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Michigan State basketball: 3 quick thoughts from heartbreaking loss to Purdue

This one is going to sting for a while.



Michigan State basketball
© Nick King/Lansing State Journal / USA TODAY NETWORK

Michigan State basketball looked like it had what it took to beat Purdue, yet the Boilermakers squeaked out a win.

It was a heavyweight battle at the Breslin Center on Monday afternoon as Purdue and Michigan State basketball went down to the wire (which always seems to be the case when the two meet in East Lansing).

In the end, it was Purdue who got the last laugh, unlike last year when Tyson Walker hit the game-winner for the Spartans.

This one hurt.

The Spartans were down 13 early in the game before storming back to pull within two at halftime and then the two teams went back and forth all second half as each had an answer for everything.

Walker had a career game and did everything he could, but his last-second game-winning attempt fell short. No moral victories here as the Spartans were good enough to beat the No. 3 team in the nation even without Malik Hall but let the opportunity slip away.

Let’s dive into some quick thoughts.

1. This team isn’t far away from being really good

Michigan State had Illinois on the ropes on Friday and Purdue in the same position on Monday afternoon and came up 0-2 in that stretch. They’re a few big plays away from being 2-0 in that stretch and in sole possession of first place in the Big Ten.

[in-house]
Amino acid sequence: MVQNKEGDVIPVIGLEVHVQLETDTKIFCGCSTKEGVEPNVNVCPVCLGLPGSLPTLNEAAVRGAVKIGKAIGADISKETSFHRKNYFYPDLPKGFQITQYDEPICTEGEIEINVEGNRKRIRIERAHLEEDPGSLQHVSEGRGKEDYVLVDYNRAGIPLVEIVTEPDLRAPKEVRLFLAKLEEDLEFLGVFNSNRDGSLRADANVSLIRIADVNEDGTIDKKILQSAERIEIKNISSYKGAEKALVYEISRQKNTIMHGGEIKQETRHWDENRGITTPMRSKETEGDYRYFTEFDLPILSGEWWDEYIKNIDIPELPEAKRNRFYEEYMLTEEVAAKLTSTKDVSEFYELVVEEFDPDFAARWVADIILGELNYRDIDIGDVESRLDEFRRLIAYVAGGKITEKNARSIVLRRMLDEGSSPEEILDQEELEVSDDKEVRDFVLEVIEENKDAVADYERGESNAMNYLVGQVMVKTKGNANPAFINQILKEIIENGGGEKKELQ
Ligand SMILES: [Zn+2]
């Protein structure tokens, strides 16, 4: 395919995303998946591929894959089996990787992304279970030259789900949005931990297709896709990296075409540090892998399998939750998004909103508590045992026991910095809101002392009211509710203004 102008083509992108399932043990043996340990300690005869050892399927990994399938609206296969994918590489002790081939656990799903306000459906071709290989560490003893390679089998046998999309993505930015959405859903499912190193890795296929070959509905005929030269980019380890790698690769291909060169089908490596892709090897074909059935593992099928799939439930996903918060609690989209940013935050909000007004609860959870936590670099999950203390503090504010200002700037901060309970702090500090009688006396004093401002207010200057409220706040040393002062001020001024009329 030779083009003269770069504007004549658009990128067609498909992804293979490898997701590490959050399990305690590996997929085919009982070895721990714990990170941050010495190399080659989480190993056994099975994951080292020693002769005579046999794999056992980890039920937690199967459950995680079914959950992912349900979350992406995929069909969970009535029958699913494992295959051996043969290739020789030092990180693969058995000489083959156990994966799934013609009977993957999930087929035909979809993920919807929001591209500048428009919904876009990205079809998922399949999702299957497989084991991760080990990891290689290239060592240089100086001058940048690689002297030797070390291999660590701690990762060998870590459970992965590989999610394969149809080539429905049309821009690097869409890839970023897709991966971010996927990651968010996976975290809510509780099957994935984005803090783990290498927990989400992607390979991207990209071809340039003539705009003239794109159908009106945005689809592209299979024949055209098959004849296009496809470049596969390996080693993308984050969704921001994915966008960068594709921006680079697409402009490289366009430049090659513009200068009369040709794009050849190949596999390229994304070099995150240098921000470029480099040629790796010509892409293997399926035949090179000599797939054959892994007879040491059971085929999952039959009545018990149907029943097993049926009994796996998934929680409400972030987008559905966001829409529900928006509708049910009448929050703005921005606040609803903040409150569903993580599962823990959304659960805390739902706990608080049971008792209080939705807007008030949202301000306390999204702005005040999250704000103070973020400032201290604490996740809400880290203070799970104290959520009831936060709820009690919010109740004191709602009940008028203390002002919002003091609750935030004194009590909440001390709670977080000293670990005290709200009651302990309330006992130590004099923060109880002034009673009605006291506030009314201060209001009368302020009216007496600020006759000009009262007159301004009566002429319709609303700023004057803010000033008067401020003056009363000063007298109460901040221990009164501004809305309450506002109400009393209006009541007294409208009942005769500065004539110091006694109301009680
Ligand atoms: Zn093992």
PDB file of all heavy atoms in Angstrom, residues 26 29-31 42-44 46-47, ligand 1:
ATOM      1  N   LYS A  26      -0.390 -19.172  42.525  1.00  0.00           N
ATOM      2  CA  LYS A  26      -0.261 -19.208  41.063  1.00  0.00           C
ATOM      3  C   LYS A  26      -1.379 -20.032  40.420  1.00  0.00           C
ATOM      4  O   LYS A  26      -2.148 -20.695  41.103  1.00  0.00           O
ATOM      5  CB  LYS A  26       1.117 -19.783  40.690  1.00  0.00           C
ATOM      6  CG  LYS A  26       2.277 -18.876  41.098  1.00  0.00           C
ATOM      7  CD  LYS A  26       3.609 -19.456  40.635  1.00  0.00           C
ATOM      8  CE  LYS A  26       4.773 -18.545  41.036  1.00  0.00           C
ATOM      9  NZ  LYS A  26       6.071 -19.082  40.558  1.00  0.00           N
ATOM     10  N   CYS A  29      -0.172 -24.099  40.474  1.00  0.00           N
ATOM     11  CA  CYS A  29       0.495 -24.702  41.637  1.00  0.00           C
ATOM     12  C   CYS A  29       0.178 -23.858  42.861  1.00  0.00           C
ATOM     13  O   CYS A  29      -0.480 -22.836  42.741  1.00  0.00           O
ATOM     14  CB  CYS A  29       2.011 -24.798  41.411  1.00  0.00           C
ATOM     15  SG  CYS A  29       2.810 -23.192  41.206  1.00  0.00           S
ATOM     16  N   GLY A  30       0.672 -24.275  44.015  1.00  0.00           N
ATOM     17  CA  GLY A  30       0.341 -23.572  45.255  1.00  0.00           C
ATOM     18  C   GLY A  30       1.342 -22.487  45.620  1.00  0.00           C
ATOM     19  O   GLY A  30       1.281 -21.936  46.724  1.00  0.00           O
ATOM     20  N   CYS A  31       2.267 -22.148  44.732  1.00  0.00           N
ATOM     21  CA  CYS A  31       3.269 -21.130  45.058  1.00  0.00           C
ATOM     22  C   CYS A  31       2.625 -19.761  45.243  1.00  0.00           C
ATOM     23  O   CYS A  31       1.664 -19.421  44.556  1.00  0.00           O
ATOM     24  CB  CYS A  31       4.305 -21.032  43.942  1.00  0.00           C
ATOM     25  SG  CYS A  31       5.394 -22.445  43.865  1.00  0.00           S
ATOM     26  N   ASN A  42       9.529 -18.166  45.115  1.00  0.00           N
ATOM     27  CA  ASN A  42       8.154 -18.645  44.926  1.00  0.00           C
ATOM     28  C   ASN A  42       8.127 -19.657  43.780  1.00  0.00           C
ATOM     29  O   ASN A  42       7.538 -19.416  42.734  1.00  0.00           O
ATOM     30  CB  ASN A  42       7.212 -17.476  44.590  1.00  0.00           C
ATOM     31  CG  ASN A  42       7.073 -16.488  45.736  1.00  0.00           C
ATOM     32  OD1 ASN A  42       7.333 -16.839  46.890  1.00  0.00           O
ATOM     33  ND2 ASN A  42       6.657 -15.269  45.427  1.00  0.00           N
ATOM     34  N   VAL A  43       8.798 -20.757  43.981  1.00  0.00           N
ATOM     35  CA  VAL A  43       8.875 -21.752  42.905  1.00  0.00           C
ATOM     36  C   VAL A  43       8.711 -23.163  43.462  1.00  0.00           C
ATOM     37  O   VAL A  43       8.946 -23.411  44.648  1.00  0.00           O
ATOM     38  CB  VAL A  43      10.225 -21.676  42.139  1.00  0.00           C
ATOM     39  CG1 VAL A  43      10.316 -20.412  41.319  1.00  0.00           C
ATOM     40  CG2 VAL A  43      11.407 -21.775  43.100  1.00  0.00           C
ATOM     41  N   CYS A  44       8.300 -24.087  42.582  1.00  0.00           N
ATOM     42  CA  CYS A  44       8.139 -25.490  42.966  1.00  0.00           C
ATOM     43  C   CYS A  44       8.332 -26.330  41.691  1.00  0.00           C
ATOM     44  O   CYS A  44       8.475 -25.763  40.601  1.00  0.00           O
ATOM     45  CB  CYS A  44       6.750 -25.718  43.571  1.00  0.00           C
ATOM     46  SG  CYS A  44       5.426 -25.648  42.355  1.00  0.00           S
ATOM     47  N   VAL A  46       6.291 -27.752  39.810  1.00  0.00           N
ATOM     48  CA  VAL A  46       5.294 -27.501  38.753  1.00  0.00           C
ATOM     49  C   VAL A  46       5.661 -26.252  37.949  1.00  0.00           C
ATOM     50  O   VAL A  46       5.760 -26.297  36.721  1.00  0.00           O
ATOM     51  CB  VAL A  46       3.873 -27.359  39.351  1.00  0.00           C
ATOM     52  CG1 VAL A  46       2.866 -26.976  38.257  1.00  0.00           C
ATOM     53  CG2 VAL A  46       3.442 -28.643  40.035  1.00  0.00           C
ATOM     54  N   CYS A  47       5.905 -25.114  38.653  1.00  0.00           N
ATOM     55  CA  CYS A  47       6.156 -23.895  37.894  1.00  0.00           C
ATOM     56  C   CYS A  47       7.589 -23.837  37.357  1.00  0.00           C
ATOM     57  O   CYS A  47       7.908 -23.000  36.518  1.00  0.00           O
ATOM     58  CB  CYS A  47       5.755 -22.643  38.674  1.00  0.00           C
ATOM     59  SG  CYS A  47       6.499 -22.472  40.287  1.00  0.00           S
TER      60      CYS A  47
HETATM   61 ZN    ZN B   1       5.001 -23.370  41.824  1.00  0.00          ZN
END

But with a record of 12-6 overall and 4-3 in the Big Ten, it’s easy to look at them and say that they’re average. That’s just not the case.

While the record isn’t great, Michigan State probably should have beaten Illinois but completely melted down in the final 10 minutes and then let a win slip away against Purdue. The Spartans also only lost by nine to a really good Alabama team without Hall and Gonzaga by just one.

MSU should probably be at least 14-4 right now, but some big mistakes down the stretch (two missed free throws by AJ Hoggard and letting Zach Edey catch the ball deep in the post on Purdue’s final possession) have led to back-to-back losses against two of the best teams in the Big Ten.

2. Carson Cooper is growing up big-time